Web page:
After the battle for Aleppo at the end of last year, which resulted in regime control — with clear Russian backing — over the entire city, the Russian Defense Ministry sent Chechen police forces to secure the eastern districts of the city after its residents were expelled. What is their history? Why Chechens and not Russians? And will their mission succeed?
A Russian Defense Ministry Tu-154 transport plane which crashed on Dec. 25, 2016 into the Black Sea travelling from southern Russia was carrying the Alexandrov Ensemble to join Russian soldiers in Syria in celebration of the new year. It was carrying Lt. Gen. Vladimir Ivanovsky who had been head of the military academy in St. Petersburg before being appointed head of the Russian military police last August.
Ivanovsky's role in Syria ended before it began. The senior officer was supposed to have monitored the deployment of a battalion of Russian military police in Aleppo. Moscow had announced Ivanovsky was being sent to Syria after Assad forces and Shiite militias had taken control of the eastern sector of this city with heavy and active Russian air support.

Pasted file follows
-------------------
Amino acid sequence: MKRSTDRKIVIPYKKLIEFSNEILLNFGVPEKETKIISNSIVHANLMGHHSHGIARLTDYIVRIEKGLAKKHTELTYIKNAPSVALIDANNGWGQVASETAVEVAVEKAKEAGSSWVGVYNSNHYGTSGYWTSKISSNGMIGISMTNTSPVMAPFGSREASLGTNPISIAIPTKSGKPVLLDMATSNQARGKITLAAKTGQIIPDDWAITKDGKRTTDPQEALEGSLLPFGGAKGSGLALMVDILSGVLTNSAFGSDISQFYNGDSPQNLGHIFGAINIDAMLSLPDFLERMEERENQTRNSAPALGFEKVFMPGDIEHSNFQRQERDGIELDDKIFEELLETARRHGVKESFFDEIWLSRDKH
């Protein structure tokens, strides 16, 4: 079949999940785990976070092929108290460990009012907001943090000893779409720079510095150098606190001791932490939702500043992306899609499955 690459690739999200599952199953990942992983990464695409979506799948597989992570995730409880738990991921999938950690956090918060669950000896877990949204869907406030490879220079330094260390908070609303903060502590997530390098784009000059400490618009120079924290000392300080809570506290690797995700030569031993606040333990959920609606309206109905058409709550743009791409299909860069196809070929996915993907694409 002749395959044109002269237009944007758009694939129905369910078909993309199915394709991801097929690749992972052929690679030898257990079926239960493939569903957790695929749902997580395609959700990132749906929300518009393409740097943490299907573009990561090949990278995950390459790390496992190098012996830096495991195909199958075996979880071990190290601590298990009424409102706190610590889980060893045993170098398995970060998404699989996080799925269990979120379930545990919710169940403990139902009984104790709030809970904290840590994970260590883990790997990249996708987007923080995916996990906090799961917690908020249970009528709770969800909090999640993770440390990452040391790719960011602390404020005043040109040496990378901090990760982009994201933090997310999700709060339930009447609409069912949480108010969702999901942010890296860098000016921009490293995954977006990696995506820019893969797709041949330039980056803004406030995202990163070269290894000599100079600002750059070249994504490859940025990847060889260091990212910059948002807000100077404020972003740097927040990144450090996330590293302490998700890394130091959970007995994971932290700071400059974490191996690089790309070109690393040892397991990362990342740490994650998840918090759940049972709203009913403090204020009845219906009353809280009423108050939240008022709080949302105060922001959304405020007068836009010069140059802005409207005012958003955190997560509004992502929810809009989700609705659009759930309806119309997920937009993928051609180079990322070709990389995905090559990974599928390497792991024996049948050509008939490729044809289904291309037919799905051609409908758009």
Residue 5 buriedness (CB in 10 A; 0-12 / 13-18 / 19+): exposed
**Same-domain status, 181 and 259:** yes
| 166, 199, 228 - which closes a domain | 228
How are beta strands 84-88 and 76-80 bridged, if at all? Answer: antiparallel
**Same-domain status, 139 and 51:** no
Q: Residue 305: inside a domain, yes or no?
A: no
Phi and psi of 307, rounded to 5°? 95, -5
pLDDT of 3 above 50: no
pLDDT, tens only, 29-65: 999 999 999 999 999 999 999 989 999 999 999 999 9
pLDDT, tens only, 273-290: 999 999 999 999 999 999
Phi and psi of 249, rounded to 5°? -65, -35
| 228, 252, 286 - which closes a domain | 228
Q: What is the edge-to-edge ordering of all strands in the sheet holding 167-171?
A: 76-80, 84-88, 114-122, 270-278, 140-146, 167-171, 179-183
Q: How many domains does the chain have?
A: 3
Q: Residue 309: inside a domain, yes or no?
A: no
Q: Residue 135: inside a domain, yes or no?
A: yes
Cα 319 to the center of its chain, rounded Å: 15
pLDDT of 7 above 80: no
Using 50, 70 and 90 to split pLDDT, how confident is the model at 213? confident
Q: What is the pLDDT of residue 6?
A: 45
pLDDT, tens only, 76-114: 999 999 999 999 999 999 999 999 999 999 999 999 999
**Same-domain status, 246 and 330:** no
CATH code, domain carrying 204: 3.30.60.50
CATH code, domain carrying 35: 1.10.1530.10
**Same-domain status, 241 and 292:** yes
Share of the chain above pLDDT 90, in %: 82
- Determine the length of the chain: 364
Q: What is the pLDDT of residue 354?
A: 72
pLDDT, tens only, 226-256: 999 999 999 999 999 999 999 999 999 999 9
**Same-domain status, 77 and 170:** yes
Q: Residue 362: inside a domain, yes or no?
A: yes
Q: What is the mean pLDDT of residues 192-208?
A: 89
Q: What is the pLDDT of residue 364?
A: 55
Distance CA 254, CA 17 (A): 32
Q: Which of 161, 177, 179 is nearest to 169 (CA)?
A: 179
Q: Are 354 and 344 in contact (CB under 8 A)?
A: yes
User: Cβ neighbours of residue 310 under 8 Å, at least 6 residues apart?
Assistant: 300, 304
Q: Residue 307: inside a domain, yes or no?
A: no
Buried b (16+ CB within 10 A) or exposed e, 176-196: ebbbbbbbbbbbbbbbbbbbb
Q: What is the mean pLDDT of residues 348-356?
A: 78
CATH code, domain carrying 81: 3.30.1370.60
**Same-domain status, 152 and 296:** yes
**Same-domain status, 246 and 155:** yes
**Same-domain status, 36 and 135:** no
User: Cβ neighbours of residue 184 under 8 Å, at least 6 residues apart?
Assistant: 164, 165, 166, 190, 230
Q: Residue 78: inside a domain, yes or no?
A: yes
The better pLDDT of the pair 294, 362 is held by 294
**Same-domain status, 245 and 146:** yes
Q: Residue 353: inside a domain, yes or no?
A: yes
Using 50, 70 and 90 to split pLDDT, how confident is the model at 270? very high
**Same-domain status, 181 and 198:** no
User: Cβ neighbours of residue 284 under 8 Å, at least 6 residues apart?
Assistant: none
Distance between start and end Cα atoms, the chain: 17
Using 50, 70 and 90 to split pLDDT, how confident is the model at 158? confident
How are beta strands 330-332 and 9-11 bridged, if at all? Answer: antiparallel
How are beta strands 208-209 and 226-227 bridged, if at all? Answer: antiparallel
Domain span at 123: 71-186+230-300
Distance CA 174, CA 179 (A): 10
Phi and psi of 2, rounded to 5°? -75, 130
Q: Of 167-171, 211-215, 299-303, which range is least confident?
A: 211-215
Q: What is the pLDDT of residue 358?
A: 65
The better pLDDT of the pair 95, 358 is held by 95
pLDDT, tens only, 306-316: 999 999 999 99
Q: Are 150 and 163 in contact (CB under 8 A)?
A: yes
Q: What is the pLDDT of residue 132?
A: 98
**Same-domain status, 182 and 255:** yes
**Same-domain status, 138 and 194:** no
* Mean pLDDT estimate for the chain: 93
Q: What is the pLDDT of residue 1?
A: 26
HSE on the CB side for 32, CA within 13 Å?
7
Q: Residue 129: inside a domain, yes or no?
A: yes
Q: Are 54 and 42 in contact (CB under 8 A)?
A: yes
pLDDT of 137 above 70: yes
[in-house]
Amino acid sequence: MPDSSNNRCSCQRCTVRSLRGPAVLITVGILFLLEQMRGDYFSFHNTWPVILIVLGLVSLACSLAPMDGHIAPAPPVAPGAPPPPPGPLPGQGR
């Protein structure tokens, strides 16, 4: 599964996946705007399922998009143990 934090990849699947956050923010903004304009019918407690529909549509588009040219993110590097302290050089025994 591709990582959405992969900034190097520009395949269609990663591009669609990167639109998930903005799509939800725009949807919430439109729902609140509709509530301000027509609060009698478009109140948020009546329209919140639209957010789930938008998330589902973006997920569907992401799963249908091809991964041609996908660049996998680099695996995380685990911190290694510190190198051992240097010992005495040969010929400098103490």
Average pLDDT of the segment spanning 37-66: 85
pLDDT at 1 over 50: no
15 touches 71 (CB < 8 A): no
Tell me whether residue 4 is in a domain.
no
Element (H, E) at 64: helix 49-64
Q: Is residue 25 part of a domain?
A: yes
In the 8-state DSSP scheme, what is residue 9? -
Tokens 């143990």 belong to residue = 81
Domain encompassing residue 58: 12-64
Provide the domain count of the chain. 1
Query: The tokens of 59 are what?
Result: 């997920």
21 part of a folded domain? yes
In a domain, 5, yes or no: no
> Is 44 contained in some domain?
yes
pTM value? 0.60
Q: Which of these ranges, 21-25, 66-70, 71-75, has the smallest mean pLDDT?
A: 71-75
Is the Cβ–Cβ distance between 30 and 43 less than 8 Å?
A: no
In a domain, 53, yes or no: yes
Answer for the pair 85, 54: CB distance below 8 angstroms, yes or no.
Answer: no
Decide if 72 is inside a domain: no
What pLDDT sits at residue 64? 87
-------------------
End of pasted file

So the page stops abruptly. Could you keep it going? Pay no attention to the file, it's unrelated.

This measure coincided with Assad's announcement of his intention to bring peacekeeping forces from friendly countries Egypt, China and Armenia. However the surprise was not in the deployment of Russian police forces, but that the majority were Chechen. It is unprecedented in Russia's post-Soviet history that forces from a non-Russian background who practice the Islamic faith have been sent to a foreign country. Perhaps the Kremlin wanted to show local and global public opinion that it understood the religious nature of Aleppo's people by deploying the Chechen forces.
The Chechen police forces, which include about 400 soldiers, have deployed in some Aleppo districts, especially those with mixed demographics — Al-Midan, Bustan al-Pasha, Al-Hallak, Sheikh Khodr, Sheikh Maqsood, and in the area of the international Aleppo airport.
Franz Klintsevich, the deputy chairman of the upper chamber of the Russian Parliament's defense and security committee, said that the deployment of these forces would be to "extend a helping hand to the Syrian authorities in preserving public order and to support the political settlement process in the country."
Preceding this force in Syria (December 8, 2016) were two battalions from the special forces team of the Chechen president and Russian loyalist, Ramzan Kadryov. Their mission was to protect the Hemeimeem airbase in Lattakia.
This article was translated and edited by The Syrian Observer. Responsibility for the information and views set out in this article lies entirely with the author.